Modelling saline water migration during dewatering of excavation sites; the role of density-driven flow during risk-assessments of upwelling saline water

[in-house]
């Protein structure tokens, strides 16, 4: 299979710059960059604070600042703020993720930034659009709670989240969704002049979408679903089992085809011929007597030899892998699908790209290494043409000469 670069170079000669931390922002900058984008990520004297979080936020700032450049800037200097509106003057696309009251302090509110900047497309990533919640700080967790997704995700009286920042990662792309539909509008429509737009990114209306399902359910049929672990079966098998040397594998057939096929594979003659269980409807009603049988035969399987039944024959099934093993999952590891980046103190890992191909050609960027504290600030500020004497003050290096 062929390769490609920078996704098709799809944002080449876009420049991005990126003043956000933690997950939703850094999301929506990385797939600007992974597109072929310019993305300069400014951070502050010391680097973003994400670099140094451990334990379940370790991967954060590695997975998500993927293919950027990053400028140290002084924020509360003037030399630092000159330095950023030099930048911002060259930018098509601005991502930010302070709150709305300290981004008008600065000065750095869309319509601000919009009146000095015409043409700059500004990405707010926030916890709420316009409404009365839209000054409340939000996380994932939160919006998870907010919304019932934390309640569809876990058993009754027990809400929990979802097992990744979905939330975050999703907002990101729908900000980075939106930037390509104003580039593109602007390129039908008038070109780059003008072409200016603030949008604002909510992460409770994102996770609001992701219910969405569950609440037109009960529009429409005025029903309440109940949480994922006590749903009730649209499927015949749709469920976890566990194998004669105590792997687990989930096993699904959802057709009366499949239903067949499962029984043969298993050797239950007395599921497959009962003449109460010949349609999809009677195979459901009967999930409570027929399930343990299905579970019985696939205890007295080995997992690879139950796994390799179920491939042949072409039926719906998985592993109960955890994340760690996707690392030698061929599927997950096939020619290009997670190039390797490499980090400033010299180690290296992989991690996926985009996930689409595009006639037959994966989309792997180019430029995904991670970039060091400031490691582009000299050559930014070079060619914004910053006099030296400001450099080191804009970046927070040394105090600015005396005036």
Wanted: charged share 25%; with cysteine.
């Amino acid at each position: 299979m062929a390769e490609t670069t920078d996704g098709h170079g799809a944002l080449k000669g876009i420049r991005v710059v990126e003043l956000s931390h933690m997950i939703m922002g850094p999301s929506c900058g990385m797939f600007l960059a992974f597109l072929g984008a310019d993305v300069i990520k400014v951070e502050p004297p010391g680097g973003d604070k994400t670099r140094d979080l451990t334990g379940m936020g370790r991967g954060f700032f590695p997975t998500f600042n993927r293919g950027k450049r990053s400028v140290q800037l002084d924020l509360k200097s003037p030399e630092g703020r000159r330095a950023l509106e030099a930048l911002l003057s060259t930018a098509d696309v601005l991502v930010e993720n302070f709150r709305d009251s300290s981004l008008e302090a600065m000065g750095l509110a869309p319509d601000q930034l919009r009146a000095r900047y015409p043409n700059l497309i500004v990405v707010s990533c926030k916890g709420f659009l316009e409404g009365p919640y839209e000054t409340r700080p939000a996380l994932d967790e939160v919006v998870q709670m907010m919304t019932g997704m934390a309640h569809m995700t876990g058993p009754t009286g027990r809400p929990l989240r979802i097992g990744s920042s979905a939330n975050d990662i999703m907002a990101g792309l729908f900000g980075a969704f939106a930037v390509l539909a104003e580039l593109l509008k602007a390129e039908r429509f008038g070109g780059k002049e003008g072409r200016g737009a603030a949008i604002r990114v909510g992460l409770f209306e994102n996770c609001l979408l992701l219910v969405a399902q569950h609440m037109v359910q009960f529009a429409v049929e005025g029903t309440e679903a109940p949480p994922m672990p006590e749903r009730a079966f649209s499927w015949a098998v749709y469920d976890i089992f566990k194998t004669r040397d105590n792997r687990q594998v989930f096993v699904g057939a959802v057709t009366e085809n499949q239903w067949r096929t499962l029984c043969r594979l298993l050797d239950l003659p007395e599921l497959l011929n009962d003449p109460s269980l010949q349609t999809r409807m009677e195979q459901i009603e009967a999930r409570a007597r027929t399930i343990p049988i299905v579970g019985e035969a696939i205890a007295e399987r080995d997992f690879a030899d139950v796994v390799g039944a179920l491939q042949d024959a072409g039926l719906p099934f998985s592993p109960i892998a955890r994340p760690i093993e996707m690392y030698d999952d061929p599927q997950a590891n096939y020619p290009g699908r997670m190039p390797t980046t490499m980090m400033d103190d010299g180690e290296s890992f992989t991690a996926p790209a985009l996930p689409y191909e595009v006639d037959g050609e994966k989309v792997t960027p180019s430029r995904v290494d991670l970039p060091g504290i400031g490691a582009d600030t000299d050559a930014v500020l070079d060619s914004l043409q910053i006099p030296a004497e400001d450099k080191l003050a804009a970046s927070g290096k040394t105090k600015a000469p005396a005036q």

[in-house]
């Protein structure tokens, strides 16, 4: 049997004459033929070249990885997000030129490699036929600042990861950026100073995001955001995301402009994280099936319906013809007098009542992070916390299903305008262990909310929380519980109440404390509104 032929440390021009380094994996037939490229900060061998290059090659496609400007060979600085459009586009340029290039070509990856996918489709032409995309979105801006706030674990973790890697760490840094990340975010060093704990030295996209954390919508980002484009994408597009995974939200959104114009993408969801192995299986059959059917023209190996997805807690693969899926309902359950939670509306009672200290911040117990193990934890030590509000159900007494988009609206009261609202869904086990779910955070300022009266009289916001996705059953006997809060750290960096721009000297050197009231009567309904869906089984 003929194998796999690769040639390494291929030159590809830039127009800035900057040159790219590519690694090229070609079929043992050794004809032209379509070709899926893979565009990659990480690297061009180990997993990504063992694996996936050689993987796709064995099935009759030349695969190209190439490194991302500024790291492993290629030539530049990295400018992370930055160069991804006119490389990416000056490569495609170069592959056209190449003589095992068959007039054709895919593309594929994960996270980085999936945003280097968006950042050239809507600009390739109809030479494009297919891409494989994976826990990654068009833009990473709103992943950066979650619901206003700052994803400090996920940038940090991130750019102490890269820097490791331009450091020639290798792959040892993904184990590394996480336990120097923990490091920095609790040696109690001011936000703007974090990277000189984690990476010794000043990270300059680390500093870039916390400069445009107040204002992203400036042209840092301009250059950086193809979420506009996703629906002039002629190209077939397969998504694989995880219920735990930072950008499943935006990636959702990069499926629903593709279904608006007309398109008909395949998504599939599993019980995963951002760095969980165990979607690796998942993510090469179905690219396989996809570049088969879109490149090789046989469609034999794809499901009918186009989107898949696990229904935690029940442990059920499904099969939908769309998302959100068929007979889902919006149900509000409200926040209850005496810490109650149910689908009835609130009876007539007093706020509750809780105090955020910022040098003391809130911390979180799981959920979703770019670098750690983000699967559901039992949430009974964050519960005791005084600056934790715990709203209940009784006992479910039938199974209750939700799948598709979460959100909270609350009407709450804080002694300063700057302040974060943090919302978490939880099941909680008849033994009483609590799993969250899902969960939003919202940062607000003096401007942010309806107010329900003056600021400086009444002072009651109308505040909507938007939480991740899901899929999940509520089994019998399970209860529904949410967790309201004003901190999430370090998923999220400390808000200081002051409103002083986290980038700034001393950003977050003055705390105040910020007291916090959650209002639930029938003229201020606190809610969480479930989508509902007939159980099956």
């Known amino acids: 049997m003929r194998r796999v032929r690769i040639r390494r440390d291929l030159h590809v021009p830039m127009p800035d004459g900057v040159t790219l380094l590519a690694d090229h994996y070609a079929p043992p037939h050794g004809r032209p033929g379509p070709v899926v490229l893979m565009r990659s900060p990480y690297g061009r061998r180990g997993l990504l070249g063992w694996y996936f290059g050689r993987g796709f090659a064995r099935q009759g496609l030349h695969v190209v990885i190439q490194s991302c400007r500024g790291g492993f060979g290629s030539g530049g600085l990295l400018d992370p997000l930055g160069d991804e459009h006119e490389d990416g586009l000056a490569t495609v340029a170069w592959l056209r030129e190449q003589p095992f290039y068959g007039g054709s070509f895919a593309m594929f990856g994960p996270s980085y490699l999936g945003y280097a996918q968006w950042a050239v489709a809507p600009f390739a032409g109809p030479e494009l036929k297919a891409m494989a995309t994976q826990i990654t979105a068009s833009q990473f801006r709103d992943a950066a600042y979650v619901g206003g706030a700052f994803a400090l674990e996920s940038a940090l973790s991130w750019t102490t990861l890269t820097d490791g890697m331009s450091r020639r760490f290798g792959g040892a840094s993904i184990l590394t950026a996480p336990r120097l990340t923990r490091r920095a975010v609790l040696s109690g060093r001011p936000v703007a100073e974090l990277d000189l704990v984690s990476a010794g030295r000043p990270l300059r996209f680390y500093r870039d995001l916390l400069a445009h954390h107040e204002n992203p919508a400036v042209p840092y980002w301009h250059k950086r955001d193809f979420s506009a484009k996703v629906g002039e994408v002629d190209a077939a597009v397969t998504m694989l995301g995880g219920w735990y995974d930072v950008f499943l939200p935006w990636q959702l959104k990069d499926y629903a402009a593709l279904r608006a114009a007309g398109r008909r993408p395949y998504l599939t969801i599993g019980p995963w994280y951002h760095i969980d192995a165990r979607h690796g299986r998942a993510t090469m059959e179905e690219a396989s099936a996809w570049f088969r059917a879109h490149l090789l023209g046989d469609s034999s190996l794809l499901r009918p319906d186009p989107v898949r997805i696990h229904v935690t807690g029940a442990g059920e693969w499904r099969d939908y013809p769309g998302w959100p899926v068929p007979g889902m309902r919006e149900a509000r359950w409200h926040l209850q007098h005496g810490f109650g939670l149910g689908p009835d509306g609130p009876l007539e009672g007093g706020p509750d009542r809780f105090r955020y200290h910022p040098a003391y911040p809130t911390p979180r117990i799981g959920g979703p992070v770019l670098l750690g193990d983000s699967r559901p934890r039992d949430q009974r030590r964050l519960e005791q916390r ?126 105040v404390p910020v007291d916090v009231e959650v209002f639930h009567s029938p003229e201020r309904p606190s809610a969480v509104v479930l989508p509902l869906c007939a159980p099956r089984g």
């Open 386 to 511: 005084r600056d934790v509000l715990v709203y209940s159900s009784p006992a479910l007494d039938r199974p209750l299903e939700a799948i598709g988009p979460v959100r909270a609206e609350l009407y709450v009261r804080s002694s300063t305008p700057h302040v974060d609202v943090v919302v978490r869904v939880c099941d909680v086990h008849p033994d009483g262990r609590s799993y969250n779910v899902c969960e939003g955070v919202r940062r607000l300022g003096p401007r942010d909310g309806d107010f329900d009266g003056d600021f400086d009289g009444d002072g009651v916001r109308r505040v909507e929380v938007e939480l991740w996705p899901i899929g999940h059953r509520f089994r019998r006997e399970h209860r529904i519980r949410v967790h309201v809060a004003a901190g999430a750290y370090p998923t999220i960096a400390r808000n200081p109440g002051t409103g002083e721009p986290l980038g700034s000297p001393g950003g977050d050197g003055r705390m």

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In coastal areas, aquifer salinization is a major risk during large-scale dewatering operations. This risk is enhanced when extraction wells are used to pump large amounts of water from coastal aquifers. Underneath an extraction well, the salt-fresh water interface may rise towards the surface. To prevent salinization of the sub-soil, the rising salt cone needs to be analyzed, and quantified. To predict the amount and extent of the saline water rise, multiple numerical and analytical methods are available. This report will assess analytical and numerical solutions to solve this problem, and to review which method suits best for each operation. To solve the numerical solutions, a modelling study will be carried out using the MODFLOW code, and MODFLOW extensions: MT3DMS and SEAWAT2000 v4. These methods will be compared with a focus on (1) the role of density-dependent flow and (2) the effects of dispersion to the mixing zone. A method will be provided that uses the numerically light MT3DMS code to predict results of the numerically heavier SEAWAT2000 v4 model. Using this method, time can be spared when assessing whether the risk of salinization is significant or not. A correction factor for the MT3DMS model results can be applied, which is dependent on the vertical distance of the saline water to the extraction well.